New Research May Finally Solve the “Chicken or Egg First” Paradox

New Research May Finally Solve the "Chicken or Egg First" Paradox

New Research May Finally Solve the “Chicken or Egg First” Paradox

It is often said that the first question a human ever asked was, “Hi, I’m Adam … what’s your name?” Many believe the second-oldest question is, “Which came first … the chicken or the egg?” While the debate on the answer to the first will probably never end, the answer to the second may have been determined by a new study (really!) which resolved the poultry paradox with science.

Place your bets – chicken or egg?

“Little is known about the early history of the chicken (Gallus gallus domesticus), including the timing and circumstances of its introduction into new cultural environments. To evaluate its Spatio-temporal spread across Eurasia and north-west Africa, the author’s radiocarbon-dated 23 chicken bones from presumed early contexts.”

The study, published in the journals Antiquity and The Proceedings of the National Academy of Sciences (PNAS) and led by Professor Joris Peters from the Ludwig Maximilian University of Munich, set out to prove or disprove the commonly held idea that wild chickens were domesticated in either China, India or southeast Asia 10,000 years ago, and were brought to Europe more than 7000 years ago.

These dates were easily accepted because domesticated chickens are everywhere and seemingly everyone in every culture eats their meat and their eggs – making them the world’s most domesticated animal. That made it easy for the geographically dispersed research team to collect chicken remains from more than 600 sites in 89 countries – not just bones but also records of burial locations and historical data.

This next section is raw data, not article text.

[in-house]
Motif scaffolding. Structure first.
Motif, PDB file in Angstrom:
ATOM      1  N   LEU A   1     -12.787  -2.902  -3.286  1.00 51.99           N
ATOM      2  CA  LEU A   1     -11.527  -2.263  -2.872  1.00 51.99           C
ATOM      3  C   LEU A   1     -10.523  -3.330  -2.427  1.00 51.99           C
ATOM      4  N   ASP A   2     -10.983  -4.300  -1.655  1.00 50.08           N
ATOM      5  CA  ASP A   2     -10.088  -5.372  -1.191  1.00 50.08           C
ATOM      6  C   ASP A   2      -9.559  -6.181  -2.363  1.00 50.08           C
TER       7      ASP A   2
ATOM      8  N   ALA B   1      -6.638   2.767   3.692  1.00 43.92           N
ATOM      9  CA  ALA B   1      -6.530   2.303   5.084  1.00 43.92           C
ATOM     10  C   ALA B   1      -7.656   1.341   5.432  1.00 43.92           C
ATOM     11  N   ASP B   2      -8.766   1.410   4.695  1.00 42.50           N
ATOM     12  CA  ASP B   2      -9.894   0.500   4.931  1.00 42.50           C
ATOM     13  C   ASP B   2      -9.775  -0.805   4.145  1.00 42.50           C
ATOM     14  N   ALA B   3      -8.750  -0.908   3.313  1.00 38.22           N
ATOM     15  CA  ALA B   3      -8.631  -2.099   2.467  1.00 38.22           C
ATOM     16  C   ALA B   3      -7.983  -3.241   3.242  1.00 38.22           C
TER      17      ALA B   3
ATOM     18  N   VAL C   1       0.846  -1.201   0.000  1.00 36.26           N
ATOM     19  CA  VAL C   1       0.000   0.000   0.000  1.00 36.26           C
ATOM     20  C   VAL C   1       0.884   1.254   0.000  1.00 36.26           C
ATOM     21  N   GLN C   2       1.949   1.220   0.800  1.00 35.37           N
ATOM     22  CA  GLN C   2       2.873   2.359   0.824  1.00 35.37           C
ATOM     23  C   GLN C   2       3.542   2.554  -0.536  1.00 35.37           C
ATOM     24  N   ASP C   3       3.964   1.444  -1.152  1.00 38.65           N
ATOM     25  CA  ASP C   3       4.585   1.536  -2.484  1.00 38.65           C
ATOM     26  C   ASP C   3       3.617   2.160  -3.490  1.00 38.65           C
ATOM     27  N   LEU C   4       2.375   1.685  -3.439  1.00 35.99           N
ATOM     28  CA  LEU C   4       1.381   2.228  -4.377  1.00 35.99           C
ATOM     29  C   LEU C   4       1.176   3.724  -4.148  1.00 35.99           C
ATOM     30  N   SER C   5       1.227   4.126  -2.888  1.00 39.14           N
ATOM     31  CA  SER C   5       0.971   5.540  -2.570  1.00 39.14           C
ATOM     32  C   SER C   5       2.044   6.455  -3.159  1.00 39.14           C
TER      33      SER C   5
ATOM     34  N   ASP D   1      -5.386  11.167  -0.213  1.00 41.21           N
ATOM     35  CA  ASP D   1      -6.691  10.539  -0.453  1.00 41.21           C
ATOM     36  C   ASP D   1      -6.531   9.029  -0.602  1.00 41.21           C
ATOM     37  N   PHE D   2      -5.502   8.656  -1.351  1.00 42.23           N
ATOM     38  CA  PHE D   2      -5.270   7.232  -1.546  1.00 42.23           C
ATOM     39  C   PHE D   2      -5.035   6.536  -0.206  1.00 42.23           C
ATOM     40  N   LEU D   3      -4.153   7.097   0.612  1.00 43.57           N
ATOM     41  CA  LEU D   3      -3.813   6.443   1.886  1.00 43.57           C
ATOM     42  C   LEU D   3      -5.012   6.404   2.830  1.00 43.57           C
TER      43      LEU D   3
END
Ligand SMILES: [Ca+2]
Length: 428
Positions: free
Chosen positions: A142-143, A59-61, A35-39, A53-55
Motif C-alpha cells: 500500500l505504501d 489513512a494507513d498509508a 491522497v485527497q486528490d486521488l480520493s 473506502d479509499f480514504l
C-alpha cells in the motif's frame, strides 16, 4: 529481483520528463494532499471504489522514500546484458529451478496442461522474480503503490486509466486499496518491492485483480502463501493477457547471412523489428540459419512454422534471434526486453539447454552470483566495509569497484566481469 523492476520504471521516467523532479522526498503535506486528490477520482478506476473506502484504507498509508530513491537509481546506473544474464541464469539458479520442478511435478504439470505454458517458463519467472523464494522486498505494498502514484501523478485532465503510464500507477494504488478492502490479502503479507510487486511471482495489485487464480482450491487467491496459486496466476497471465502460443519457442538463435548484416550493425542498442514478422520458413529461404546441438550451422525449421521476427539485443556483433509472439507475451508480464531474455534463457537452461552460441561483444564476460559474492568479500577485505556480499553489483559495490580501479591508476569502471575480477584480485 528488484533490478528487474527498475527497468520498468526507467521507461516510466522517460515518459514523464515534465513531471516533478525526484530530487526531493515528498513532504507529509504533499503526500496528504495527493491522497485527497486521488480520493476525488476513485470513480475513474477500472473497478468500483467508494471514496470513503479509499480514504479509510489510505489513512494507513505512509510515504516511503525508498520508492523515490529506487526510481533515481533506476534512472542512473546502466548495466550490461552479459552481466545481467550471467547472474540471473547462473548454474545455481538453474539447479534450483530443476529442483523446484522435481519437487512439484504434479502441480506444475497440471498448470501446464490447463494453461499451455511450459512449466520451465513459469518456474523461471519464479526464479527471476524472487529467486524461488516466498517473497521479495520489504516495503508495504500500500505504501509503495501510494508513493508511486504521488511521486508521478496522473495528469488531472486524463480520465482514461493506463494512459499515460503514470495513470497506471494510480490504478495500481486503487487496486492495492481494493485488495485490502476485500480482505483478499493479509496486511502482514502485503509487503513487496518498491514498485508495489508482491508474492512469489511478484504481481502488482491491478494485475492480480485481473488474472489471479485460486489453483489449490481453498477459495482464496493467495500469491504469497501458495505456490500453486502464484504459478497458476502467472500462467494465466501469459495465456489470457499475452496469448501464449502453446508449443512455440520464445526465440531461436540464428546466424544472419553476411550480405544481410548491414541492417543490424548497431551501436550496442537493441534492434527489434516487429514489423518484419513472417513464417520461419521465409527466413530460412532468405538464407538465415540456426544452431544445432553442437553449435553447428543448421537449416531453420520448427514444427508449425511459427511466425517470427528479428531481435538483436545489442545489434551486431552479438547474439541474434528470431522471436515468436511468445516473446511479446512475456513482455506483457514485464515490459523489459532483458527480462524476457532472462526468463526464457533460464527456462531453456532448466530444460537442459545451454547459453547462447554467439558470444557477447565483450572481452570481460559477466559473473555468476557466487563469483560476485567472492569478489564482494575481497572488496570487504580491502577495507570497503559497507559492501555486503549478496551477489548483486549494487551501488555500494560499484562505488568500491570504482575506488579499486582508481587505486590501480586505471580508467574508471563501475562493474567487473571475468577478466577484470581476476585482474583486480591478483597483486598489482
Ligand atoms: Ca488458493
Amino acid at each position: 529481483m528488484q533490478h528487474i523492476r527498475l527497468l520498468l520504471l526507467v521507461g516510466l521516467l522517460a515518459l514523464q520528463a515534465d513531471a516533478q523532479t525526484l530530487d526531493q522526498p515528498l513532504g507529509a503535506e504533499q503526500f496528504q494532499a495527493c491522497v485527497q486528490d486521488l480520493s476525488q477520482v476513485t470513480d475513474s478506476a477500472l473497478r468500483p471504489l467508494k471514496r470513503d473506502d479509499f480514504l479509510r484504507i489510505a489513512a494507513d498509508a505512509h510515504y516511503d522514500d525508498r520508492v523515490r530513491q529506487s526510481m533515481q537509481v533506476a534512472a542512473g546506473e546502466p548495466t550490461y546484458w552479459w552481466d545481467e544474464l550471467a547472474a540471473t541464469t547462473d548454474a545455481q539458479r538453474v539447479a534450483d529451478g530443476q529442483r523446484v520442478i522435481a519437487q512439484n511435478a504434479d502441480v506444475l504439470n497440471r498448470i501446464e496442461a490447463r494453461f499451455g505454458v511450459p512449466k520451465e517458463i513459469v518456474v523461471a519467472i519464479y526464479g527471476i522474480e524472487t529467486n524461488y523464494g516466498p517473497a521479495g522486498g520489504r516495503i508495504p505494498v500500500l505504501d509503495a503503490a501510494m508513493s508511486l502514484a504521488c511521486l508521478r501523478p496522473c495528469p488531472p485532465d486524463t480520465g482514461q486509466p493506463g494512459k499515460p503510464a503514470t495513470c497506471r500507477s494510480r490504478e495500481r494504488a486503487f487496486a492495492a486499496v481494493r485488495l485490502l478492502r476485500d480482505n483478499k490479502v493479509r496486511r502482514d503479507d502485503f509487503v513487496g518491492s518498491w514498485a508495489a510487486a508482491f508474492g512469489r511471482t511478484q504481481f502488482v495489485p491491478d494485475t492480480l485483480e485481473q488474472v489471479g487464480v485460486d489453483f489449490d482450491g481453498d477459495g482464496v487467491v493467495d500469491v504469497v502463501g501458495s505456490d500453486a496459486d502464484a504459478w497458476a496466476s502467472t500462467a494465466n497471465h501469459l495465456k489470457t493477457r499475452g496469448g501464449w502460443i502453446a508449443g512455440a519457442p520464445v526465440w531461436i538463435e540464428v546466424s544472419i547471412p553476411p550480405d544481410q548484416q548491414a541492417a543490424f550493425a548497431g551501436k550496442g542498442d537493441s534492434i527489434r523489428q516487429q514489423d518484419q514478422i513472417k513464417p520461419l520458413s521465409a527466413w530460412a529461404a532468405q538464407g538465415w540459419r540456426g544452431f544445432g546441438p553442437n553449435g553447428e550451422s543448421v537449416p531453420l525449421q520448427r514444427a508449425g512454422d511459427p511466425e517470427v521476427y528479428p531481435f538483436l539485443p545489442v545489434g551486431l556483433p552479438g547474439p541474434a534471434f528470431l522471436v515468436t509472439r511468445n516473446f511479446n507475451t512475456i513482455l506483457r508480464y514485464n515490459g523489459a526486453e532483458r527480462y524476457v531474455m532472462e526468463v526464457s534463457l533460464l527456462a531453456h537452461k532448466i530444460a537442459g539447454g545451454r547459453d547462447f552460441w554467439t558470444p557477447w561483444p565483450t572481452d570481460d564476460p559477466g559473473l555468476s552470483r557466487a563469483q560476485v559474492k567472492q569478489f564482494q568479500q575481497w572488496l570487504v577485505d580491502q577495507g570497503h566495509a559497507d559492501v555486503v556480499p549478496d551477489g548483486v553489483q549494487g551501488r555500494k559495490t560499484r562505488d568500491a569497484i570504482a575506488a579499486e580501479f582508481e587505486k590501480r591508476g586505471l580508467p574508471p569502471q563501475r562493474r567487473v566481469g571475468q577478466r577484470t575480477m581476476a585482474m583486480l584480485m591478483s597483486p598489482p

Carbon dating of the bones fried the previous chicken domestication estimates.

“Of the 23 dated chicken bones, only five were consistent with their reported stratigraphic phasing. The radiocarbon dates associated with the remaining 18 were more recent than their reported dates.”

Not only were they “more recent,” they were much more recent – bones from Greece thought to date to 1250–1100 BCE were determined to be “post-1954.” That put the researchers on alert and they used modern chicken bone comparisons to change the date on other alleged Bronze Age fossils.

Upon completion of the carbon dating, the first confirmed evidence for a close relationship between humans and chickens came from complete skeletons placed alongside Bronze Age human burials in Dasikongcun, China (1320–1046 BCE), and Ban Non-Wat, Thailand (800 BCE).

You don’t need a calculator to do the math – that’s nearly 7,000 years after the previously accepted date of 10,000 years ago for the first domesticated chickens in China.

What about Europe and Africa?

“Radiocarbon dating also helped establish the age of 23 of the earliest-known chickens in western Europe and northwest Africa. The results show that domesticated chickens arrived in Europe only about 2800 years ago and took another 1000 years to reach the colder climates in the continent’s north.”

The study found chickens in Italy by the eighth century BCE and on the Balearic Islands off eastern Spain between the eighth to sixth century BCE – it’s believed they arrived via early Greek, Etruscan and Phoenician maritime trade routes across the Mediterranean.

Moving inland, a skeleton from the Czech Republic and data from Bulgaria show their arrival in the sixth to fifth centuries BCE, with the same time period for France and southern Britain. It looks like chickens didn’t appreciate cold weather — it took almost 1000 years longer for their arrival in Scotland, Ireland, Scandinavia and Iceland around 800 CE.

It appears chickens arrived on the Horn of Africa (the Somali Peninsula in east Africa) between the ninth and sixth centuries BCE and spread very slowly – not arriving in the northwest until the first century BCE and possibly as late as the medieval period around 500 CE.

Who won?

“The expansion of the Roman Empire helped to popularise chickens and eggs as foodstuffs.”

While their domestication in China and Southeast Asia is directly attributable to rice farming and the availability of dried rice for feed, the study credits the Romans for spreading the world’s favourite breakfast dish and dinner meat. Which brings us back to the question: which came first – the chicken or the egg? If we’re talking food, the egg wins – the study shows that chickens were used for ceremonial purposes before being eaten, while humans saw how easily animals ate eggs and followed suit by consuming the eggs of wild chickens, ducks, geese, ostriches, quails and many other larger birds.

What answer did Adam get? That’s for another study to solve.

Leave a Reply

Your email address will not be published. Required fields are marked *